Thousands of businesses that use the Moodle learning management system (LMS) could be at risk of a malicious data breach, it has been reported.
In March, the platform, which allows businesses and organisations to set up websites and online courses, released updates. Along with this, Moodle developers noted that a number of security-related issues were resolved, but did not state any further details, raising questions about the nature and impact of these security issues.
In total, the eLearning platform has over 78,000 websites spanning 234 countries with 100 million users. This means that those using Moodle should act quickly to resolve any issues that could potentially allow attackers to take over web servers.
The extent and severity of these security flaws were revealed later in the month following a blog post from security researcher Netanel Rubin, who found that the flaws allowed attackers to create hidden administrative accounts and execute malicious PHP code on the underlying server.
The data breach takes advantage of incorrect assumptions by the Moodle developers, this included a “logic flaw, an object injection, a double SQL injection, and an overly permissive administrative dashboard”, described Mr Rubin.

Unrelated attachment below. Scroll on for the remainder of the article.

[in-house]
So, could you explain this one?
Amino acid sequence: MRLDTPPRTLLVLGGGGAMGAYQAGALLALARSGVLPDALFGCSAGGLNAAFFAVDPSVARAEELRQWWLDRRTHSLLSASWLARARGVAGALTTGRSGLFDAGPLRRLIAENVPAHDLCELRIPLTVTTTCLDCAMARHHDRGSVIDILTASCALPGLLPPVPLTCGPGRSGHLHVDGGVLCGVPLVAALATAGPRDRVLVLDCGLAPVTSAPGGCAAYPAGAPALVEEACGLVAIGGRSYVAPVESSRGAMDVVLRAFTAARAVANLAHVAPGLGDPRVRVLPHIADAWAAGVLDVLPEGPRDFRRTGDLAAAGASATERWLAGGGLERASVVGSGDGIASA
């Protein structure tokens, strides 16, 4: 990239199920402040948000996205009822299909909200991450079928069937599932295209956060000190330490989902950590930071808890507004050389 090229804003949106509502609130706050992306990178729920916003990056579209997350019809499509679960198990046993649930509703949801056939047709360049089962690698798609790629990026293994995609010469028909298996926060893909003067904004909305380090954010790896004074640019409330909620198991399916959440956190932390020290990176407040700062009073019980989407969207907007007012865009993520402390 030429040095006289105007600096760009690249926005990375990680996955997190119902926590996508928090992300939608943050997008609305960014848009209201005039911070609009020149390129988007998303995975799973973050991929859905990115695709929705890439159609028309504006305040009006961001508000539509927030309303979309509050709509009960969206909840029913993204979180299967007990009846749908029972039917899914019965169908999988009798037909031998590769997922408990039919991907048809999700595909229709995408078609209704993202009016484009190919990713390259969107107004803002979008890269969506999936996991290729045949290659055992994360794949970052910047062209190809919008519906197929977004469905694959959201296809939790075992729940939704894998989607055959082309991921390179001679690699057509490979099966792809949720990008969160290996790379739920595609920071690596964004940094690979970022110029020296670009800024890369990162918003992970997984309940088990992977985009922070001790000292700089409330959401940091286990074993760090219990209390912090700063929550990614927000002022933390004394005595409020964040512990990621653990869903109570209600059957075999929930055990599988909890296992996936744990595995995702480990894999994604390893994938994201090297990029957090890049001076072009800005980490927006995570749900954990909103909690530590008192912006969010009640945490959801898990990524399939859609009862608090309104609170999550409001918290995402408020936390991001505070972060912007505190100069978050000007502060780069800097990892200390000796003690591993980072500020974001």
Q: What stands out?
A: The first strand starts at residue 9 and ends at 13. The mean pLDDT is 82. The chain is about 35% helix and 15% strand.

He believed that this issue derives from the reimplementation of a specific function without considering decisions made by the original function’s developers.
Mr Rubin said that this is a result of "having too much code, too many developers and lacking documentation".
"Keep in mind that logical vulnerabilities can and will occur in almost all systems featuring a large code base. Security issues in large code bases is, of course, not Moodle specific."
Attackers gaining access to the Moodle platform is dangerous not only because they could install a PHP backdoor by uploading vicious plug-ins or templates, but also because Moodle installations store sensitive and private information about businesses and eLearners taking online courses.